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Fight Back from Annoying Phone Robocalls and Spammers

By Fern E. Gillespie
Whether it’s a landline phone or a cell phone, annoying calls from spammers, scammers, telemarketers and robots pop up on phones by voice or text. According to YouMail, a company that specializes in blocking robocalls,  Americans are expected to get over 52 billion robocalls this year.

Last year, New York’s Governor Kathy Hochul signed a package of legislation into law that will build on federal action to combat robocalls. “New Yorkers are fed up with annoying, predatory robocalls, and we’re taking action to stop them,” Governor Hochul said. “This legislation will enable telecom companies to prevent these calls from coming in in the first place, as well as empower our state government to ensure that voice service providers are validating who is making these calls so enforcement action can be taken against bad actors.” 
The Office of the New York Attorney General has recommendations for New York consumers frustrated with telemarketers, which are limited to calling potential customers between the hours of 8 A.M. and 9 P.M. When you receive an unwanted telemarketing call, ask for the name of the company and the caller. Record the information, time and date of the call. Tell any unwanted telemarketer to put you on their “Do Not Call” list, which prohibits calls for 10 years. Call (888) 5OPT-OUT to have your name removed from the consumer credit lists provided to telemarketers by credit reporting agencies. To report a complaint, contact the Office of the New York Attorney General consumer helpline at (800) 771-7755 or visit the website at
There are several free and fee apps to help stop robocalls, telemarketing, and phishing. Some of the top recommended spam call blockers for Android and iPhones are YouMail, UnknownPhone. Hiya. Truecaller. Nomorobo and RoboKiller.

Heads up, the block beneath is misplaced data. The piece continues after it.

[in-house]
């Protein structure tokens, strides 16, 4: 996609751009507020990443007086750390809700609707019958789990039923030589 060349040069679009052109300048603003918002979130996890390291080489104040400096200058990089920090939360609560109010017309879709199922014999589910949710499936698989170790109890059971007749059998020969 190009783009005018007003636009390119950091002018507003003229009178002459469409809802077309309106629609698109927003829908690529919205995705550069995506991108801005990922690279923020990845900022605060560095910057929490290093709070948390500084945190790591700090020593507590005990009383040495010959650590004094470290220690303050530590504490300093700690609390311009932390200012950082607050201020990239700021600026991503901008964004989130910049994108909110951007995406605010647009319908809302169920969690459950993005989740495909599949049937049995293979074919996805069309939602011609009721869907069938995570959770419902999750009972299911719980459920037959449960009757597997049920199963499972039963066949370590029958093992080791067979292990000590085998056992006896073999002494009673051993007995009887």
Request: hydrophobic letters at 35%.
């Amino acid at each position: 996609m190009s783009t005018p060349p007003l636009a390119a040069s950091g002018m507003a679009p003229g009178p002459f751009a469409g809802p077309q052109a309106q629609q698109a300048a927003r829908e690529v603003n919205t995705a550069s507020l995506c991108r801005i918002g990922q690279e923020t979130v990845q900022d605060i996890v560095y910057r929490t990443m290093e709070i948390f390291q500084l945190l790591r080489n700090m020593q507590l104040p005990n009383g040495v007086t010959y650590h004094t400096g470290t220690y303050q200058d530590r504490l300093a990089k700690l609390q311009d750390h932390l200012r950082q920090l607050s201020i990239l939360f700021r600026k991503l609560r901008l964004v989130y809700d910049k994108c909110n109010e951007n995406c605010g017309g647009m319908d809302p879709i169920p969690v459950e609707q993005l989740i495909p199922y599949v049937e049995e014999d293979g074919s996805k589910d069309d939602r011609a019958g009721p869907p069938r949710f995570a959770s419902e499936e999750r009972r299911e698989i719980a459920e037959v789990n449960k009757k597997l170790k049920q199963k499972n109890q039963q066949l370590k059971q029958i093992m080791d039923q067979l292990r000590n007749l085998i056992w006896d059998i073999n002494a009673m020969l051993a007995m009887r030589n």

The FCC has established tips for consumers to stop unwanted robocalls and advice on avoiding phone scams:
Don’t answer calls from unknown numbers. If you answer such a call, hang up immediately.
You may not be able to tell right away if an incoming call is spoofed. Be aware: Caller ID showing a “local” number does not necessarily mean it is a local caller.
If you answer the phone and the caller – or a recording – asks you to hit a button to stop getting the calls, you should just hang up. Scammers often use this trick to identify potential targets.
Do not respond to any questions, especially those that can be answered with “Yes.”
Never give out personal information such as account numbers, Social Security numbers, mother’s maiden names, passwords or other identifying information in response to unexpected calls or if you are at all suspicious.
If you get an inquiry from someone who says they represent a company or a government agency, hang up and call the phone number on your account statement or on the company’s or government agency’s website to verify the authenticity of the request. You will usually get a written statement in the mail before you get a phone call from a legitimate source, particularly if the caller is asking for a payment.
Use caution if you are being pressured for information immediately.
If you have a voice mail account with your phone service, be sure to set a password for it. Some voicemail services are preset to allow access if you call in from your own phone number. A hacker could spoof your home phone number and gain access to your voice mail if you do not set a password.
Talk to your phone company about call blocking tools they may have and check into apps that you can download to your mobile device to block unwanted calls.
If you use robocall-blocking technology already, it often helps to let that company know which numbers are producing unwanted calls so they can help block those calls for you and others.
To block telemarketing calls, register your number on the Do Not Call List at